Happily, this did not disappoint. What would have been racy acid and strong tannins in the wine’s early days now translated to smooth drinking in the glass, five years later. Elegant flavours of black fruits, cassis, plum, pipe tobacco and chocolate combined with an almost milky texture for a pleasantly subtle example of Cabernet. $15
Georges Duboeuf Beaujolais-Villages 2009
There has been so much hype on the 2009 vintage in Beaujolais that I simply had to get this bottle when I saw it on the shelf at my local store. I’m just gaining appreciation for the subtleties of Gamay now – Beaujolais’ trademark red varietal is typically light and fruity, which can often be misunderstood for “unseriousness”. Rather, in the best examples such as Cru Beaujolais, the wine is enhanced by undertones of mineral (of which there is a wide spectrum), earth and floral or herbaceous notes, all of which aren’t overshadowed by harsh tannins that can sometimes get in the way of good wine. Beaujolais are super easy-drinking wines that pair perfectly with light, healthy cooking like we enjoy here on the West Coast.
This Beaujolais-Villages was so fruity and delicious, I’m tempted to trade up and search for 2009s from smaller domaines. Bright purple in colour, the wine offered juicy berry and Kool-Aid aromas with notes of granite and flowers. On the palate, it was a medium-minus-bodied wine with low tannins, refreshing acidity, more of that juicy, almost sweet fruit character and some complex minerality beneath. Enjoy this while you can, because (a) it won’t last long on the shelves, and (b) it’s best served young. Open it as soon as you get it! I like my Beaujolais slightly chilled to maximize on the tasty juiciness. $17
Illuminati Riparosso Montepulciano d’Abruzzo DOC 2008
Dark, handsome and brooding, just like Ryo Saeba, City Hunter.
The other wine region (or country, really) that I’ve really begun sinking my teeth into is Italy. There are so many unique wines made from innumerable indigenous varieties, all of which just have this amazingly unmistakable Italian character and pair excellently with food. This was just as I had hoped for, rich and long on the palate with silky tannins, deep cherry and other red fruit flavours persisting in the mouth, with notes of pipe tobacco, oak, licorice, tea leaves, spice and this slightly bitter undertone that made you want to keep drinking. I enjoyed this massively with comfy sweats and a Japanese anime DVD, but you could also pair this with a hard cheese like Asiago or Parmigiano Reggiano and charcuterie. $17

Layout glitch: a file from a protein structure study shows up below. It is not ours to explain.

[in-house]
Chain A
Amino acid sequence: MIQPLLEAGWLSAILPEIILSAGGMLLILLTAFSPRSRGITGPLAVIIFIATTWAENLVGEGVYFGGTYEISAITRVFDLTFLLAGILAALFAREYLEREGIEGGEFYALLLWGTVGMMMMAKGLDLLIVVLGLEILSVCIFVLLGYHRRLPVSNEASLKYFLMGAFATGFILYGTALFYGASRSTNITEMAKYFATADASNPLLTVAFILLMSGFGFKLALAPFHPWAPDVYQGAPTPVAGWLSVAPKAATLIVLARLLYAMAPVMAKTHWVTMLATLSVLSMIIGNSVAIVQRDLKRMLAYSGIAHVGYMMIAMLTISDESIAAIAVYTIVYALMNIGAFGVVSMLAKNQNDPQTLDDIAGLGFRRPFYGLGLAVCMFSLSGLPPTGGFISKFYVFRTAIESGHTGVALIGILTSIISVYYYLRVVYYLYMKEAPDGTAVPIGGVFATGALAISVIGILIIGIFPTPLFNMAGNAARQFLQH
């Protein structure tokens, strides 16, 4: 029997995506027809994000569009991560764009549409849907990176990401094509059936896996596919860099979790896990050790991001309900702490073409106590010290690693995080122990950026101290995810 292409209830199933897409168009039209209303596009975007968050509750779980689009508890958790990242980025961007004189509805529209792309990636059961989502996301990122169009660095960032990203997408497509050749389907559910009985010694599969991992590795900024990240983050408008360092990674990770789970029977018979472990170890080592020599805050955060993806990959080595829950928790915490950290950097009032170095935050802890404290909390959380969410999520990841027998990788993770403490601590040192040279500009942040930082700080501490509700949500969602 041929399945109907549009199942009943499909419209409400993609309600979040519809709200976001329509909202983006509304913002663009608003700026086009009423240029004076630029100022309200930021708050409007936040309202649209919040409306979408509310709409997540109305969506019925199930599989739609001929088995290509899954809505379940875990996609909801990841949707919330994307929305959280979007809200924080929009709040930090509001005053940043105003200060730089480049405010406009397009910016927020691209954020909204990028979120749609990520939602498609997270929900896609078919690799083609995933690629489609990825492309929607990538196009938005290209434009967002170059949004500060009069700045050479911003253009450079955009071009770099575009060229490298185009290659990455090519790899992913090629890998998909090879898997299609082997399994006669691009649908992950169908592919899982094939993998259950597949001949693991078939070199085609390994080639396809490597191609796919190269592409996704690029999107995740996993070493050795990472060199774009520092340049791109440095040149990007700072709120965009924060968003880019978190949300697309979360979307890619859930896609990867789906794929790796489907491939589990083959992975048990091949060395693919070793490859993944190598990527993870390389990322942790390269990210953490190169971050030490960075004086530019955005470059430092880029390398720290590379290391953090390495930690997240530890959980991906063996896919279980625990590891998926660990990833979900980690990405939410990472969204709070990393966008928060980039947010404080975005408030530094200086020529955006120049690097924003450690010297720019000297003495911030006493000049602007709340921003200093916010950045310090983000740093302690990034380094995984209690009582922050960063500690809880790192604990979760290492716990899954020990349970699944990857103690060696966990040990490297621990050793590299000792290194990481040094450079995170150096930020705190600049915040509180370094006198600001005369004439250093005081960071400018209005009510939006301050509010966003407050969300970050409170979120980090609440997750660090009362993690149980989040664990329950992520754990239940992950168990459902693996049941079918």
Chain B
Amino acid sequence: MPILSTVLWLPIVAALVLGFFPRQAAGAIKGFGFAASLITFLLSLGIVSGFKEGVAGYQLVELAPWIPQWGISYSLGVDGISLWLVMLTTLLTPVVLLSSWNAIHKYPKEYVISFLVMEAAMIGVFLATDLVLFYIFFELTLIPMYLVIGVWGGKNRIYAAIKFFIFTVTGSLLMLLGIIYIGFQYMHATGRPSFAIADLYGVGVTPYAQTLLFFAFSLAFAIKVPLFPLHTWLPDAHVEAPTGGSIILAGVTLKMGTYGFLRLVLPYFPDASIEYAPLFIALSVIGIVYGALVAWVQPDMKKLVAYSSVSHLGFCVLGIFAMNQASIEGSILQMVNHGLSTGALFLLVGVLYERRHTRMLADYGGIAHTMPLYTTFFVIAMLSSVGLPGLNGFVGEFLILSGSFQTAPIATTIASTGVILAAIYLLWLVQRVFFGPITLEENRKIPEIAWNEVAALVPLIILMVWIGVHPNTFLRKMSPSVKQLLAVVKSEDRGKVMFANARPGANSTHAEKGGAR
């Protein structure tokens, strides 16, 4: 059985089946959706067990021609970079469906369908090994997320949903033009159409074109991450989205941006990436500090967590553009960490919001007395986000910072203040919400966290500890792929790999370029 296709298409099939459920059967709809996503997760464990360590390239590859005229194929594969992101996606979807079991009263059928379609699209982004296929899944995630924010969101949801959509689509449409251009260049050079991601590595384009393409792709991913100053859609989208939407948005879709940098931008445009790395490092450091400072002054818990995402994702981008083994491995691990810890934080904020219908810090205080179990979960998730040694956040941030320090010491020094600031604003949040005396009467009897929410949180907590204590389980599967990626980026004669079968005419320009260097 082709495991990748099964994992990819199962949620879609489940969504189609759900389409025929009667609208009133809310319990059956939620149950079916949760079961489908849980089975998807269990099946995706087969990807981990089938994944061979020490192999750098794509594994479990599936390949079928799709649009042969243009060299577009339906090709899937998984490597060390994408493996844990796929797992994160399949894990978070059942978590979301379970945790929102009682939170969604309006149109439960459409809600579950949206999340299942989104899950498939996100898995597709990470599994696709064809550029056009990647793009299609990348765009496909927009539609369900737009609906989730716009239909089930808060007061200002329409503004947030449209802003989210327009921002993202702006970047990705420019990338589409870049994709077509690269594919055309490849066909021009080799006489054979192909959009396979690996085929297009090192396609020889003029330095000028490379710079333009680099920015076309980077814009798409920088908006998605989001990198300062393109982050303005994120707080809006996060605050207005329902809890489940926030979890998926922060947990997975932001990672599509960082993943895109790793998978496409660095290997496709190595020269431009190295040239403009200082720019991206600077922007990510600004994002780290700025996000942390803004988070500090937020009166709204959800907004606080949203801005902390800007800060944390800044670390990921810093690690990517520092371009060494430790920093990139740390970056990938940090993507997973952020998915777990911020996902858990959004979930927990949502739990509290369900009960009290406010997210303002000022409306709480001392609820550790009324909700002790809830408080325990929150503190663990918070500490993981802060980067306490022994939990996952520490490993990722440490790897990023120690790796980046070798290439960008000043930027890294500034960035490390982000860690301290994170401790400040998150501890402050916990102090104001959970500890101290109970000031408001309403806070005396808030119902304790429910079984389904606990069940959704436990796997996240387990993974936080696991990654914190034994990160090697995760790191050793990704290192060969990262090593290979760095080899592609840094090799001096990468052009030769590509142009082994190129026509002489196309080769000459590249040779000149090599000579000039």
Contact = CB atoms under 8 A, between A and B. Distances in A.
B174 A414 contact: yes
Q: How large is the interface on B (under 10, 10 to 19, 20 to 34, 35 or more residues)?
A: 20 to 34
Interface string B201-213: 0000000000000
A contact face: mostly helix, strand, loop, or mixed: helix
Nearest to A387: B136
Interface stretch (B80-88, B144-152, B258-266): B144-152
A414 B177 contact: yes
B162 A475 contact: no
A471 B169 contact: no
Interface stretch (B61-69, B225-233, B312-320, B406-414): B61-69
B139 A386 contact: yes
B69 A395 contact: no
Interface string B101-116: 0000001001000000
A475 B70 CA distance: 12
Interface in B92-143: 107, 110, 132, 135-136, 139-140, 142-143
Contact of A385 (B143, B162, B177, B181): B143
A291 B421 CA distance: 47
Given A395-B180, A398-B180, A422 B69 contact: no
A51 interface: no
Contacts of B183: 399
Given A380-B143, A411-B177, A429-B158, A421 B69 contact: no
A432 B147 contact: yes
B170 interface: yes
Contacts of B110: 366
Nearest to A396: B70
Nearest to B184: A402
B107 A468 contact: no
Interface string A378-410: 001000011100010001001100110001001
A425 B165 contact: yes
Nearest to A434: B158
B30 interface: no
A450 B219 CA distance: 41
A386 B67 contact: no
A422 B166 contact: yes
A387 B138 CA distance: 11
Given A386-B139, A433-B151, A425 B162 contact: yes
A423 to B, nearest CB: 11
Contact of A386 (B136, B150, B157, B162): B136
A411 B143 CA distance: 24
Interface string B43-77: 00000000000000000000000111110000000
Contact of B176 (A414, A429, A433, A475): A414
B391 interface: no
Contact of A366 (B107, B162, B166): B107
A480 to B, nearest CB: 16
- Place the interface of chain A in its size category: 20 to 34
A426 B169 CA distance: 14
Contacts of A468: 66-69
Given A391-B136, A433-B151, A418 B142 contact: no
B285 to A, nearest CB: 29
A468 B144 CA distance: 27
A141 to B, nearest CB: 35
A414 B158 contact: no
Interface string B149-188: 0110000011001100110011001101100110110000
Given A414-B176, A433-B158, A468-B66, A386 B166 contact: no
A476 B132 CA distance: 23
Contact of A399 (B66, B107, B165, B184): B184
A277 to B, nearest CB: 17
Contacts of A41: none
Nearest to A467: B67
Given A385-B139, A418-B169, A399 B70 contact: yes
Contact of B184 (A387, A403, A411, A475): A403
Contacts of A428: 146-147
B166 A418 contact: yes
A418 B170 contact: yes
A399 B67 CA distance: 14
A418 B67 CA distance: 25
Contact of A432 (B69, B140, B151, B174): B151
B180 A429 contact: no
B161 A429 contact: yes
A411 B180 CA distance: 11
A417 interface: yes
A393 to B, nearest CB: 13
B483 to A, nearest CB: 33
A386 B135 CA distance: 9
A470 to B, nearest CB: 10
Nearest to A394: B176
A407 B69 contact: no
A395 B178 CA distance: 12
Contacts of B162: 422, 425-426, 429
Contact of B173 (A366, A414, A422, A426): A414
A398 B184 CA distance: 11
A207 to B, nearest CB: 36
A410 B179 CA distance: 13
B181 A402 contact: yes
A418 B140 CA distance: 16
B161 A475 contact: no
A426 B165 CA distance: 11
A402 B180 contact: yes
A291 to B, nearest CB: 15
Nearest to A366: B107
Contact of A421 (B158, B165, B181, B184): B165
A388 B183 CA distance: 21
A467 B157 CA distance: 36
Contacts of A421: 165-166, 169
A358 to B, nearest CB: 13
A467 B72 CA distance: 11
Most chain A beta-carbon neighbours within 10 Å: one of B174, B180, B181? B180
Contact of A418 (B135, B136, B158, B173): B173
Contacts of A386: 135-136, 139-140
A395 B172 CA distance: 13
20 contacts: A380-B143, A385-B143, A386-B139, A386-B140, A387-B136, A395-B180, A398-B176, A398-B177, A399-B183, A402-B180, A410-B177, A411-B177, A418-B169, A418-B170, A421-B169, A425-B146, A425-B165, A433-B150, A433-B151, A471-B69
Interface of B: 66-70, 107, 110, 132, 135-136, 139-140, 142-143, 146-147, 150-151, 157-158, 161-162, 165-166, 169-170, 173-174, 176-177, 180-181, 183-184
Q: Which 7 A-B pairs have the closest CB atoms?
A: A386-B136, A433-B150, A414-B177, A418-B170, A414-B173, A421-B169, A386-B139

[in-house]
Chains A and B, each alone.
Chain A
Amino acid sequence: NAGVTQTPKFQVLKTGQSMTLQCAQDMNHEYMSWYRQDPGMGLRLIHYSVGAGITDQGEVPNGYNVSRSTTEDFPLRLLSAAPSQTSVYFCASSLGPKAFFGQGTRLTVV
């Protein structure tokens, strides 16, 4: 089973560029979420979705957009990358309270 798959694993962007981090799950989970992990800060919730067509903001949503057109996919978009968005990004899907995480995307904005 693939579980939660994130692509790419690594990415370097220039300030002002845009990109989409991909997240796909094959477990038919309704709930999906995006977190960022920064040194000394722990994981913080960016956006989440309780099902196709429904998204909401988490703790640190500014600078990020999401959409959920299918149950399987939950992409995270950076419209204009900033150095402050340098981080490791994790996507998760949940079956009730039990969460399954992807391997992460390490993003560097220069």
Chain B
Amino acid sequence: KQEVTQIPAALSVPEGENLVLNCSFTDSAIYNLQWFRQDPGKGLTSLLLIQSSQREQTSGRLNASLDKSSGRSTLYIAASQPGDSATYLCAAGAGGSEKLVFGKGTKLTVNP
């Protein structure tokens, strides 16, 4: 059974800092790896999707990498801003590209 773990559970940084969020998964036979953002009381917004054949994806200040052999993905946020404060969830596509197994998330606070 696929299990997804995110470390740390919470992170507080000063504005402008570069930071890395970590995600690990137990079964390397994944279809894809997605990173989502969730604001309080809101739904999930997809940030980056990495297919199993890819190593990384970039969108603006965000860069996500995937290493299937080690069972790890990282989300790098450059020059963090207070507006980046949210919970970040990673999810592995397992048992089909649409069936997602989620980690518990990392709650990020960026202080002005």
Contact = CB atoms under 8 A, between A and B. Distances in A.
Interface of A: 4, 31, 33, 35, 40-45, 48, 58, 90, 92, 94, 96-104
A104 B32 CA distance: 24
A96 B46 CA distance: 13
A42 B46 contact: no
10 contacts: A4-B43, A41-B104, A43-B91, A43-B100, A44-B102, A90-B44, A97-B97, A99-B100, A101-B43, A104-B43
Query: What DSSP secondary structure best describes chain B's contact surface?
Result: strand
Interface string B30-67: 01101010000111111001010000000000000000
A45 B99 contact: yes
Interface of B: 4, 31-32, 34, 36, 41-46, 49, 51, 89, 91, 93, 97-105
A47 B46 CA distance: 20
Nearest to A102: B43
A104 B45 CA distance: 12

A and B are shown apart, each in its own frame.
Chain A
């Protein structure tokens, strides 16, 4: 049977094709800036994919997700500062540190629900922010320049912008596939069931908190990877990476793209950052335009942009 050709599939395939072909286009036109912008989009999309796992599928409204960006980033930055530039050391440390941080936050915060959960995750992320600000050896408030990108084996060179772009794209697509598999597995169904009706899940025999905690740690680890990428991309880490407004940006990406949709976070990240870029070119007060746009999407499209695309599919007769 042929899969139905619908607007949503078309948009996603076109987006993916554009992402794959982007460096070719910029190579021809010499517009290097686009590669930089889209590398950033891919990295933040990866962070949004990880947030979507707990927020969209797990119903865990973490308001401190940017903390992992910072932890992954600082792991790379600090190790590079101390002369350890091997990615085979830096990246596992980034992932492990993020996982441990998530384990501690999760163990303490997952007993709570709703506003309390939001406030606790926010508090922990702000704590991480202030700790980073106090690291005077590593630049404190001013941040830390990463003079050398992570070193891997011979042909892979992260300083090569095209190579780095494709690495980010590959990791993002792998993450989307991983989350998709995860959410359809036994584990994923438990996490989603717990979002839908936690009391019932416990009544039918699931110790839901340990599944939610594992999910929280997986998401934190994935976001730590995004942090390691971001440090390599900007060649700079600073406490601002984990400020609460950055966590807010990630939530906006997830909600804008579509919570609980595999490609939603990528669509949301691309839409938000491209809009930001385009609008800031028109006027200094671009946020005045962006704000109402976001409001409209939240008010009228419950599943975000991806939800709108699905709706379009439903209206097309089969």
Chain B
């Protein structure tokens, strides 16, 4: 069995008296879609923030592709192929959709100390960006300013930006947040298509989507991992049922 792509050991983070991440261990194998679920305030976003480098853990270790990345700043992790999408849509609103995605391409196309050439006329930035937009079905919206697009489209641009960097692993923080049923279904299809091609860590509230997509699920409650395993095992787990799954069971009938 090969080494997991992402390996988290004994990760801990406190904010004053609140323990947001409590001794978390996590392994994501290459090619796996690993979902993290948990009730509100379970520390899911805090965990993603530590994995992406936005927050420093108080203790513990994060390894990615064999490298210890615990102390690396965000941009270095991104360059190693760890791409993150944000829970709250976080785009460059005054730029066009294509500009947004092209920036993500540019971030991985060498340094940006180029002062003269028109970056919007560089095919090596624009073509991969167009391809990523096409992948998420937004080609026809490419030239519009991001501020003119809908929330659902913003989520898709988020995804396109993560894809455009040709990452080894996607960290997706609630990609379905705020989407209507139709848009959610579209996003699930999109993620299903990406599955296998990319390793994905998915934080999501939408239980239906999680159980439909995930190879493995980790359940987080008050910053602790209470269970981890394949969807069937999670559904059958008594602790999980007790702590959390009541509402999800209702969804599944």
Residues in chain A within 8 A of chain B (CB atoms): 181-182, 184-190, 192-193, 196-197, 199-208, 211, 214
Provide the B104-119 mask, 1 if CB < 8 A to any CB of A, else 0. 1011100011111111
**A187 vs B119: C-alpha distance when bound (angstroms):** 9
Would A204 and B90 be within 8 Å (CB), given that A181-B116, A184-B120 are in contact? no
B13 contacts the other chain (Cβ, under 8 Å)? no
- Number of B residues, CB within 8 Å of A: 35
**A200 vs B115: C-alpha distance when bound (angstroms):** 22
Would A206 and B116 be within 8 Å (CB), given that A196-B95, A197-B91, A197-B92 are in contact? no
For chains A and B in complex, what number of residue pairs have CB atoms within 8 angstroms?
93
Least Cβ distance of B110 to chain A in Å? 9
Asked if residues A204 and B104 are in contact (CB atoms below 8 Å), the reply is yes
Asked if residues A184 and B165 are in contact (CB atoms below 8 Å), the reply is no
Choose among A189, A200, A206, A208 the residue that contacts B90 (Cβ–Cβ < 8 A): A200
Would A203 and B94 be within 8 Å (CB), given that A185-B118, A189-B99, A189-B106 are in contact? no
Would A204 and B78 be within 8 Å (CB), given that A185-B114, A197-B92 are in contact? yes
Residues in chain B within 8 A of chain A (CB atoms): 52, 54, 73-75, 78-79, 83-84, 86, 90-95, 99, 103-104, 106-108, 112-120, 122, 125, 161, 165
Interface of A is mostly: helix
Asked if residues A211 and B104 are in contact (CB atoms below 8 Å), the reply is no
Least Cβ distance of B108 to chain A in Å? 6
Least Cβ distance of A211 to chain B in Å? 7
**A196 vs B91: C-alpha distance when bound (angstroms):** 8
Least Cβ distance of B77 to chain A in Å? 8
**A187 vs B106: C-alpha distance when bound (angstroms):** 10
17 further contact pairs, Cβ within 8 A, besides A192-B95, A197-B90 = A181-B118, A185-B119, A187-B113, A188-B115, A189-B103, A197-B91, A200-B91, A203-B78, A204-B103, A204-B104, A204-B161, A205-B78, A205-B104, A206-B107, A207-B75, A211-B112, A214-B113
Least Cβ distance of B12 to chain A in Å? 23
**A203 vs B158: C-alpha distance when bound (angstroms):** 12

Henry Fessy Saint-Amour AOC 2008
Here’s another yummy Beaujolais from one of the ten crus, Saint-Amour, which is up near the top of the cru “strip”. Slightly lighter in body and acidity than the Duboeuf version mentioned above, this showed more complexity with the minerals, flowers and fruit more intertwined, harder to pick out than the Beaujolais-Villages. This would be great with a simple herbed pork tenderloin or grilled chicken dish (skin on, bien sûr!) – my vegetarian pairing was macaroni with mushrooms, spinach and thyme in a tomato sauce, baked au gratin with a whole wheat Cheddar béchamel topping. $25
Macaroni in mushroom, spinach and tomato sauce, baked au gratin with whole wheat Cheddar bechamel.
That’s all I have to report for now – photos and stories from my Summer 2010 trips to the Okanagan coming soon!